High Key Photography. Clearing It Up.
What is high key photography?
If you Google it, you get a lot of mixed and seemingly inconsistent results. Some are black and white, some colour; some are low contrast, some high contrast; some are overexposed, some underexposed; some have white backgrounds, some don’t; some have strong shadows, some have almost no shadows. It gets worse the further you scroll through the results, and it certainly confused me the first time I was looking into it!
What’s more, if you do a general search, and start clicking through all the “How to” articles, they don’t match the majority of what you see in the image results either.
It turns out there’s a reason for this inconsistency and confusion. High key is a term used to describe an image, and is not at all equivalent to the term high key lighting which, as you might have guessed, describes a specific style of lighting. Contrary to what you might expect, high key lighting techniques don’t usually produce a high key image. They can, but that’s not what the lighting style is intended for.
Back to the search results above, the majority of those “How to” articles don’t distinguish between the two different terms. They also tend to focus only on high key lighting (and aren’t always correct on just what that is, either), whereas the image results contained a mix of high key images, and photographs that used high key lighting, but aren’t actually high key images. (Plus a couple that don’t fit either term.)
Confused yet? Hopefully this next part will clear things up.
High Key Images
So just what is a high key image?
Quite simply, a high key image is just an image that consists entirely – or almost entirely – of lighter tones. In photography, these images are often very bright and white, with the subject being lightly coloured (light skinned, and wearing light colours) on a very light (often white) background. As a result, these images are often black and white and low in contrast, but they are not required to be. The only requirement is that the majority of tones must fall above middle grey (the halfway point between black and white).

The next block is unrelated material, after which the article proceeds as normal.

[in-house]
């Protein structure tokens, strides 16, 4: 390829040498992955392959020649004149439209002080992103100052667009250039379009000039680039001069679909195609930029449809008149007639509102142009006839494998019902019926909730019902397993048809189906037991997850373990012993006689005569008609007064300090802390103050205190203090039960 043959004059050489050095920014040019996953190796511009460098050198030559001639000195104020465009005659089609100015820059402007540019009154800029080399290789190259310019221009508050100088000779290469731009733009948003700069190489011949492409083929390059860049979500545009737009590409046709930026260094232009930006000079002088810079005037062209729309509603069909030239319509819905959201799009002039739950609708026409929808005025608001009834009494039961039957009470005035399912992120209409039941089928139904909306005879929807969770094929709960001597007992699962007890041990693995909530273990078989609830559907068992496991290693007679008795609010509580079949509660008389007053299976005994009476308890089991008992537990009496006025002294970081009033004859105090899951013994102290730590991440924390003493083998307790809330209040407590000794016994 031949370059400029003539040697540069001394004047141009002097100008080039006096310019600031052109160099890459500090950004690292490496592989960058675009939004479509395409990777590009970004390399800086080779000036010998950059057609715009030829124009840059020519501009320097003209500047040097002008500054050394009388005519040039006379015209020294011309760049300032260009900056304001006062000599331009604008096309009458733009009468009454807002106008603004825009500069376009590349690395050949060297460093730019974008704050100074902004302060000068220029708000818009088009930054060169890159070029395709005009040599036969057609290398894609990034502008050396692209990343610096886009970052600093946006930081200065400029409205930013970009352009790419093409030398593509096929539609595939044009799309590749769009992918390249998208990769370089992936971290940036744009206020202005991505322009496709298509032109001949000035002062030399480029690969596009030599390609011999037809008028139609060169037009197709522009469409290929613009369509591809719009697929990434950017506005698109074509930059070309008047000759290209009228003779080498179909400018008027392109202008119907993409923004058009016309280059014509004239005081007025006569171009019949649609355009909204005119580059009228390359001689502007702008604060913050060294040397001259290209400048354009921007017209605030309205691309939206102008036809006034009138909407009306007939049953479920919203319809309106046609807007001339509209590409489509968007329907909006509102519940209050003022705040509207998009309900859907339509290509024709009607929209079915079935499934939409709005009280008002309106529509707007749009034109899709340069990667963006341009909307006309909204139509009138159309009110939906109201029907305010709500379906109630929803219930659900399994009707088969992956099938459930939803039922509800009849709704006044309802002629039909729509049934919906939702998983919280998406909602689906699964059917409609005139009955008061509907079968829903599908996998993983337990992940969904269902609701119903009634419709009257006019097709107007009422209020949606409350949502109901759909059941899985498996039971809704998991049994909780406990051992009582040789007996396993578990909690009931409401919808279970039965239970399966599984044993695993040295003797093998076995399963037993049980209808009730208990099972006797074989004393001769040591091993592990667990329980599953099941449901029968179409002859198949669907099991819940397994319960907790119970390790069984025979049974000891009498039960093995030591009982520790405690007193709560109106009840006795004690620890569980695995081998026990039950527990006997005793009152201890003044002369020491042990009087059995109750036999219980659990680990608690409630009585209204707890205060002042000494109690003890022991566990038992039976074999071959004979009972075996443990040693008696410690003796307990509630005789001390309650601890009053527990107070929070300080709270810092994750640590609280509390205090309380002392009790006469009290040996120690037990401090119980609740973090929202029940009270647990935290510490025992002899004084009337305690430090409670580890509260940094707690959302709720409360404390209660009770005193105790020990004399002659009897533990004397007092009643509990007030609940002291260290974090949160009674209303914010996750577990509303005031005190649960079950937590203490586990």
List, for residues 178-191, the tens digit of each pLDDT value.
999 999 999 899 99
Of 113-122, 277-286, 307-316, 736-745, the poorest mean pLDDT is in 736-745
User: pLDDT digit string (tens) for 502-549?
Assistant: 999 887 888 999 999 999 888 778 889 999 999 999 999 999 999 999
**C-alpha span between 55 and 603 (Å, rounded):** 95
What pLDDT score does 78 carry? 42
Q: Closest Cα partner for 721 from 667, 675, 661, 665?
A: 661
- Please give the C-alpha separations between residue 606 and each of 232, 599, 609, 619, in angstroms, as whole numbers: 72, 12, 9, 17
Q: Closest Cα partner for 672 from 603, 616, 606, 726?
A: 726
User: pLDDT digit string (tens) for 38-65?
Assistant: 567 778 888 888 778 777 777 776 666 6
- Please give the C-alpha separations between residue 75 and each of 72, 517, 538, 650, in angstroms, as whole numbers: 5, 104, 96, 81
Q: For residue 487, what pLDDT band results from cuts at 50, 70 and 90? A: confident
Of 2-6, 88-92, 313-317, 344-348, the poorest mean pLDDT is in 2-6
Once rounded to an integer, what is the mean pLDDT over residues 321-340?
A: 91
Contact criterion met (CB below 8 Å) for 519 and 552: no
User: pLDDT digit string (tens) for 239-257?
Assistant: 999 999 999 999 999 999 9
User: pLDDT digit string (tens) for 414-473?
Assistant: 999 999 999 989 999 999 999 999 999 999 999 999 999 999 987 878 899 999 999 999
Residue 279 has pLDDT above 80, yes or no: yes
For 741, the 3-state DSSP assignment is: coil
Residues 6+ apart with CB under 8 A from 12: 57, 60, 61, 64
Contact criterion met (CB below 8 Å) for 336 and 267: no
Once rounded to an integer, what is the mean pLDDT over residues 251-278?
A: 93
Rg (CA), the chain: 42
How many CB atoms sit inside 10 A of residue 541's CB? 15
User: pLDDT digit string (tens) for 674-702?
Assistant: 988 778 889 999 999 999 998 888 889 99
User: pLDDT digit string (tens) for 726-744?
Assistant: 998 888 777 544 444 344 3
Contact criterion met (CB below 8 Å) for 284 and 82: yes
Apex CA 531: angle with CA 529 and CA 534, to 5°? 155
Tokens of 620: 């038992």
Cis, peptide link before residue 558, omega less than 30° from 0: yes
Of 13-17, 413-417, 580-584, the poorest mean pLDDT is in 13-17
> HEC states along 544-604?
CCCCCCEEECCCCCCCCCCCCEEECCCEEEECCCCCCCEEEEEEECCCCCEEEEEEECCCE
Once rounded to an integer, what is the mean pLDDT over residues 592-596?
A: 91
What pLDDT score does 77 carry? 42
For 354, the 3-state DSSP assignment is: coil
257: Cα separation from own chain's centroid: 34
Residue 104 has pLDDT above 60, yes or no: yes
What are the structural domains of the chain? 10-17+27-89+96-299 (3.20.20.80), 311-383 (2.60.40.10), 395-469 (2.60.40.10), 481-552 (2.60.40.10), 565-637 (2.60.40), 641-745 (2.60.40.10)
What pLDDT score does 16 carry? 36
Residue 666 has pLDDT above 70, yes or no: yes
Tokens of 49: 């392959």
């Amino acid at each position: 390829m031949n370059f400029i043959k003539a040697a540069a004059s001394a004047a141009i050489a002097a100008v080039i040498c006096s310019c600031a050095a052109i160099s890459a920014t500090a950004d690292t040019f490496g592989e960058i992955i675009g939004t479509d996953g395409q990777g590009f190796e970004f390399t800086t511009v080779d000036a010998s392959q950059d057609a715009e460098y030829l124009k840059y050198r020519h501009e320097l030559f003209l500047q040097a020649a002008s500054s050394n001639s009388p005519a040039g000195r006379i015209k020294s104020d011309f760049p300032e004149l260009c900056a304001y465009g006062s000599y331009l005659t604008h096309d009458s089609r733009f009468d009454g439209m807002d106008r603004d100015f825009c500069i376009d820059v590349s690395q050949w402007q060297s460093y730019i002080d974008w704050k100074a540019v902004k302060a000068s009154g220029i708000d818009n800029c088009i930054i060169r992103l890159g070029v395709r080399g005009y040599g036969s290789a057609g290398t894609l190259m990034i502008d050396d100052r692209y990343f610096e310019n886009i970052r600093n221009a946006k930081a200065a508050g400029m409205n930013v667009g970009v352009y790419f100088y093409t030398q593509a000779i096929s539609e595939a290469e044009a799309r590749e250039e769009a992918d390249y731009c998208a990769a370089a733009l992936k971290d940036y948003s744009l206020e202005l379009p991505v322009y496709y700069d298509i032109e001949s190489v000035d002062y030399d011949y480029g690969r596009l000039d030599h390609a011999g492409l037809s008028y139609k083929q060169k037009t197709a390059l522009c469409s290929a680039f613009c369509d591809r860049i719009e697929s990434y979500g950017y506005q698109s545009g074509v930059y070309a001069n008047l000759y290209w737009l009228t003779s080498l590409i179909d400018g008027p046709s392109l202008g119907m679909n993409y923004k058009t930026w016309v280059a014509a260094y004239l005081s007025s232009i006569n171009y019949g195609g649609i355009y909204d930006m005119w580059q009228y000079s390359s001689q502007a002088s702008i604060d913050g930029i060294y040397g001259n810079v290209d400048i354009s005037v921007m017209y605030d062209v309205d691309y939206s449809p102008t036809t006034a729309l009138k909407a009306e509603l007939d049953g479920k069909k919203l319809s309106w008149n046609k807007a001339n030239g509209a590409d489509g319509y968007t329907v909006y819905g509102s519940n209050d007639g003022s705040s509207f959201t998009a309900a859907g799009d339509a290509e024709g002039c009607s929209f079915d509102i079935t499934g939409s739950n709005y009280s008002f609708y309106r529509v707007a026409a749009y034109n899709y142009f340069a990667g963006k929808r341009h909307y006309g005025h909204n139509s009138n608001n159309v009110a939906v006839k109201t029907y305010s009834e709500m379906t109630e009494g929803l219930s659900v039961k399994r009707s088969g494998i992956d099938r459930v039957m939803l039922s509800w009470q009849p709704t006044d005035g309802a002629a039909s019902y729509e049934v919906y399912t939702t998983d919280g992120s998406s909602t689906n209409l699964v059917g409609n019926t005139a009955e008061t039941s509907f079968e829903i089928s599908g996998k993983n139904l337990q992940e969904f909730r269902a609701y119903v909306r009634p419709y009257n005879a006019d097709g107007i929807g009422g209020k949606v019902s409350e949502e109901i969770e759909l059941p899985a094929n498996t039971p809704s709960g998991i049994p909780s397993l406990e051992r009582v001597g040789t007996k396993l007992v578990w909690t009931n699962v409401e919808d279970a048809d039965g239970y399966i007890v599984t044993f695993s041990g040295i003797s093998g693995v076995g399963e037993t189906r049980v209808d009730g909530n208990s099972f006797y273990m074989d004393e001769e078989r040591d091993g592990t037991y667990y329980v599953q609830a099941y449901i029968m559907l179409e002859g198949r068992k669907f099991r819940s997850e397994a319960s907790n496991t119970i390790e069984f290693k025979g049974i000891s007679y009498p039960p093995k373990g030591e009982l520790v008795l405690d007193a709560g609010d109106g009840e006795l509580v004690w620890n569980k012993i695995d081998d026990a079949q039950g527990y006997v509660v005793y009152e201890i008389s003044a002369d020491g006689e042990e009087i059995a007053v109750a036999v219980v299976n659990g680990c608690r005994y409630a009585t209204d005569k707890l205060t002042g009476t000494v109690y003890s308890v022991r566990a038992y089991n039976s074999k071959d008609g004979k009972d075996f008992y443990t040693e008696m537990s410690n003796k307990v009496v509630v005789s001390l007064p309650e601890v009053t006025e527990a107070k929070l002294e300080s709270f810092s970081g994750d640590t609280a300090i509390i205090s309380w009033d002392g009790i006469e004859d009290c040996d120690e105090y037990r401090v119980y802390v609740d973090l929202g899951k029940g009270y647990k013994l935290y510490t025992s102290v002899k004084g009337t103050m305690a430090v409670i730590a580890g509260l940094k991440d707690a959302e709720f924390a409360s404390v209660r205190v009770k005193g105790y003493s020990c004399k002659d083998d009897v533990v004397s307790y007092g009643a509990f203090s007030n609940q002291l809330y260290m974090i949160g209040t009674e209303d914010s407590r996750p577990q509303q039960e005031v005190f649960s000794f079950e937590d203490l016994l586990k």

This is a high key image I photographed recently:
As you can see, this image is very white, but not really overexposed. If you look closely (depending on your screen), there is still faint detail in the white jacket, and on the face. There are also still some blacks in the image, and the background is not pure white, but it’s clearly an image made up mostly of lighter tones. For the more technical people, I’ve provided the histogram for this image below, where you can see that virtually all of the image data is right at the white end of the chart.
This is all it really means when an image is classified as high key: the majority of it is made up of lighter tones. How you light it doesn’t really matter. The above shot was actually taken outside in the snow with 100% natural light on an overcast day (with some editing to enhance the effect), but I could have done this with artificial light if I’d wanted to.
Traditionally, high key images are of an already light subject on a light background. As a result, they are low in contrast, and often have a soft, delicate or feminine feel. While exposure is often increased, they are not actually overexposed.
Today, however, you often do see a much more stylised version that is deliberately overexposed and boosted in contrast. This tends to give the image more of a graphical, artsy feel, and while some people would not consider these types of images to be true to high key photography, they do still fall under the definition of being made up mostly of lighter tones.
High Key Lighting
So how does this compare to high key lighting?